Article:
Future ROV Technology - Subsea Wireless Control
Wireless subsea technology is becoming a fundamental part of the oil and gas industry worldwide. Back in 2010, Woods Hole Oceanographic Institution (WHOI) scientists and engineers announced testing of an undersea optical communications system that, complemented by acoustics, enabled a virtual revolution in high-speed undersea data collection and transmission. Acoustic techniques were developed, which are now the predominant mode of underwater communications between ships and smaller, autonomous and remote control vehicles. However, acoustic systems, although capable of long-range communication, transmit data at limited speeds and delayed delivery rates due to the relatively slow speed of sound in water.
VENUS in the Salish Sea
The VENUS observatory in the Salish Sea is represented by a series of installations in Saanich Inlet and Strait of Georgia. The Victoria Experimental Network Under the Sea (VENUS) has been in continual operation since February, 2006 and is operated by Ocean Networks Canada at the University of Victoria, British Columbia, Canada. The cabled instrument arrays are deployed in the coastal waters of southern British Columbia, and the facility provides long-term oceanographic data on physical, chemical, biological, and sediment conditions in Saanich Inlet and in the Strait of Georgia near Vancouver, British Columbia. The data, including images and audio, are processed and made available to researchers and the public through the VENUS website.
Future ROV Technology
Remotely Operated Vehicles (ROVs) perform a wide range of tasks in a variety of underwater scenarios ranging from research to offshore oil industry support, military operations and S&R. Technological developments, have greatly enhanced their scope of operation including harsh environment operations, such as deepwater and Arctic ops. As oil operations went to deeper waters, so did ROVs, which became a key asset in subsea operations such as pre-salt development and has also been increasingly substituting divers below 300 meters, although saturation diving is very much alive and will also continue to be an important asset. The ROVs of the future will have increased intelligent autonomous behavior and will use logic driven circuitry for routine tasks like turning valves…
Other U.S. Navy Work Class ROV’s
Other than the large CURV-21 ROV, the U.S. Navy owns two other smaller ROVs. The Deep Drone is a 4,100 pound ROV that is designed to meet the Navy's mid-water salvage requirements down to a maximum depth of 8,000 feet seawater. The system consists of the vehicle, umbilical cable, motion-compensated handling system, deck hydraulic power unit, generator, operations van and maintenance van. Navigation is accomplished with an ultra-short baseline acoustic tracking system. Two handling systems are available, Sea Horse I for shallow operations (6,000 feet) and Sea Horse II for deeper operations (8,000 feet). As in the CURV-21, the operator can control the Deep Drone and the Magnum in all six degrees of motion with auto-control functions for depth, altitude, and heading.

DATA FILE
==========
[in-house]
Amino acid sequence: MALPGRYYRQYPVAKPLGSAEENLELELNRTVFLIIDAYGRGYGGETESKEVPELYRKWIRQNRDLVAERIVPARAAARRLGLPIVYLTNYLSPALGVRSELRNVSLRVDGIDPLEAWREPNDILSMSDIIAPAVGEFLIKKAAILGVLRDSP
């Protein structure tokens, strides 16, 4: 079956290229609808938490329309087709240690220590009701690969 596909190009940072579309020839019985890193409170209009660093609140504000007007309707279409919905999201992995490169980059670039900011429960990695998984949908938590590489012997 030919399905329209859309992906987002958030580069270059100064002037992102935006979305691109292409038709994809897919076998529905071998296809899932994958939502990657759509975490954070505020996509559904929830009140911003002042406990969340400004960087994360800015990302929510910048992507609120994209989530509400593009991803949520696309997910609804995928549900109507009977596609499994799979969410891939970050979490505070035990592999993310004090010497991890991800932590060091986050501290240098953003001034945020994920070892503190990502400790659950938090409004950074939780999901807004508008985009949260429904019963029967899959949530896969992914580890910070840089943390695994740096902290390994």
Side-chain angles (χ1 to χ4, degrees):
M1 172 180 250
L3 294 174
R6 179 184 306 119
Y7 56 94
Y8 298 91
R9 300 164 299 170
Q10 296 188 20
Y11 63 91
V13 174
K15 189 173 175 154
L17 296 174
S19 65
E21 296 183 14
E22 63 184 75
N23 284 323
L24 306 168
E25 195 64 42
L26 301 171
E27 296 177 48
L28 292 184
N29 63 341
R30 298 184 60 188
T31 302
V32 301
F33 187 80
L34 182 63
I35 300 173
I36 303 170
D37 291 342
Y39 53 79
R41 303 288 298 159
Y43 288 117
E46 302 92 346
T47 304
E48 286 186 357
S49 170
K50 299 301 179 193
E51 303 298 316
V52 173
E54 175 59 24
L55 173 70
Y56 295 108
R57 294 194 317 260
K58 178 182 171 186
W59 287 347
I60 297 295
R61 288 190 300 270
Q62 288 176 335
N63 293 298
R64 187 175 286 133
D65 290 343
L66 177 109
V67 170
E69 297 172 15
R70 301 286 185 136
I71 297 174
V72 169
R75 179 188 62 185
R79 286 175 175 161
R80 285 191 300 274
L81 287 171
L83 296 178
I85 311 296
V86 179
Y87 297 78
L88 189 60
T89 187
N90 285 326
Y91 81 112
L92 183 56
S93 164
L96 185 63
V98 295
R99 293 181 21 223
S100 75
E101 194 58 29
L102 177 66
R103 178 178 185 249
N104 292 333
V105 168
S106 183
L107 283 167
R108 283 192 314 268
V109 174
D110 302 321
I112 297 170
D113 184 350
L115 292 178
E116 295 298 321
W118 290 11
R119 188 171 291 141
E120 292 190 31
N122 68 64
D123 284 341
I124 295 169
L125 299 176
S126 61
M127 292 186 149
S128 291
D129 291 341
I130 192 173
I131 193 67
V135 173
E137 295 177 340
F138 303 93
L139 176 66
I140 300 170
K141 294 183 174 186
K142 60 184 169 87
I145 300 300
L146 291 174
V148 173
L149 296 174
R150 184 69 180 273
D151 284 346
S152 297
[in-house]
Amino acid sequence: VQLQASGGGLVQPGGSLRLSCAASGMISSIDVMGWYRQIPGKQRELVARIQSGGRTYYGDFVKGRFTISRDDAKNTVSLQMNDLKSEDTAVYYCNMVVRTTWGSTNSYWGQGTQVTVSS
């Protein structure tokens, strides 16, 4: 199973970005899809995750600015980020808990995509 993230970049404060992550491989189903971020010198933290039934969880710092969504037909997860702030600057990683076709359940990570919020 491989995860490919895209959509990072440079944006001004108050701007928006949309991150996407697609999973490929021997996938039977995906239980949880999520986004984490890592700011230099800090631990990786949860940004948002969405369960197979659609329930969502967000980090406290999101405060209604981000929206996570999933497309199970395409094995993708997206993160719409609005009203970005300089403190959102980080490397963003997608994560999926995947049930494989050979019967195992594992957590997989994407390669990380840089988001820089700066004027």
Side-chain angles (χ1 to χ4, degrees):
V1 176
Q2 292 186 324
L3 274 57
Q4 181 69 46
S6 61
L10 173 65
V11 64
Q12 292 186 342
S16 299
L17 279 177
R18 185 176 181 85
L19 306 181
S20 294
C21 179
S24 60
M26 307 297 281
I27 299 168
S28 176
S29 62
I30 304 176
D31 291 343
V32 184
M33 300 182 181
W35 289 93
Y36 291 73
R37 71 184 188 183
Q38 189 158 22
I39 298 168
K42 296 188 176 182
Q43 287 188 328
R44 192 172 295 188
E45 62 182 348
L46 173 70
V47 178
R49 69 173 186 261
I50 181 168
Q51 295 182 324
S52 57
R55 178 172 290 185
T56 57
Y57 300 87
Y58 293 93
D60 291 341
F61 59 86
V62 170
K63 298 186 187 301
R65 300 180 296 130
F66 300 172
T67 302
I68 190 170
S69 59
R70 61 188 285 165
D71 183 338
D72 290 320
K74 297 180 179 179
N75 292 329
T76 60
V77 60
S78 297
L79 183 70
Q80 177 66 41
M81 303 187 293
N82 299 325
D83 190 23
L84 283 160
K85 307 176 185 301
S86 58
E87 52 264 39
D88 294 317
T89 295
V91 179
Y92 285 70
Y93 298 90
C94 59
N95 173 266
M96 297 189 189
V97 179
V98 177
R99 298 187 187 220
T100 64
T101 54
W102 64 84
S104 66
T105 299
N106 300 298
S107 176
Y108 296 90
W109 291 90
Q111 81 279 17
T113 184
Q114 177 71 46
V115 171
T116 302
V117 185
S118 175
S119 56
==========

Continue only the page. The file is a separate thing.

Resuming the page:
Pioneer Work Class ROVs (CURV-III & 21) – Part 2
Following the famous search and retrieval of the lost hydrogen bomb off Palomares, CURV-I continued its operations with the U.S. Navy, and continued being upgrades by later generations of vehicles designated CURV II, CURV II-B, CURV II-C and finally CURV III. In 1973, CURV-III performed the deepest underwater rescue in history when it rescued two men 1,575 feet (480 m) deep, off the southwest coast of Ireland, who were stranded 76 hours in the submersible Pisces III with just minutes of air remaining. On Wednesday, August 29th, the aft sphere of the submersible, a smaller watertight sphere where the machinery was, had flooded when the hatch was pulled off during recovery operations near the surface. Suddenly the sub was over a ton heavier and sank like a rock.
Pioneer Work Class ROVs (CURV-I) – Part 1
ROVs are one of the mainstays of deepwater E&P in the oil and gas industry and extensively used in deepwater scientific research, they are also key equipment in any form of deepwater search & rescue operation, but not many people know the history behind ROV development. In this series we’ll take a look at the historical timeline of ROV development up to the present day and also an outlook to the future. The Cable-controlled Undersea Recovery Vehicle (CURV) was the first operational Work Class ROV, developed in the early 1960's by the former Pasadena Annex of the Naval Ordnance Test Station, one of Space and Naval Warfare Systems Center Pacific’s (SSC Pacific) parent laboratories. At the time, the U.S.
A Short History of Underwater Labs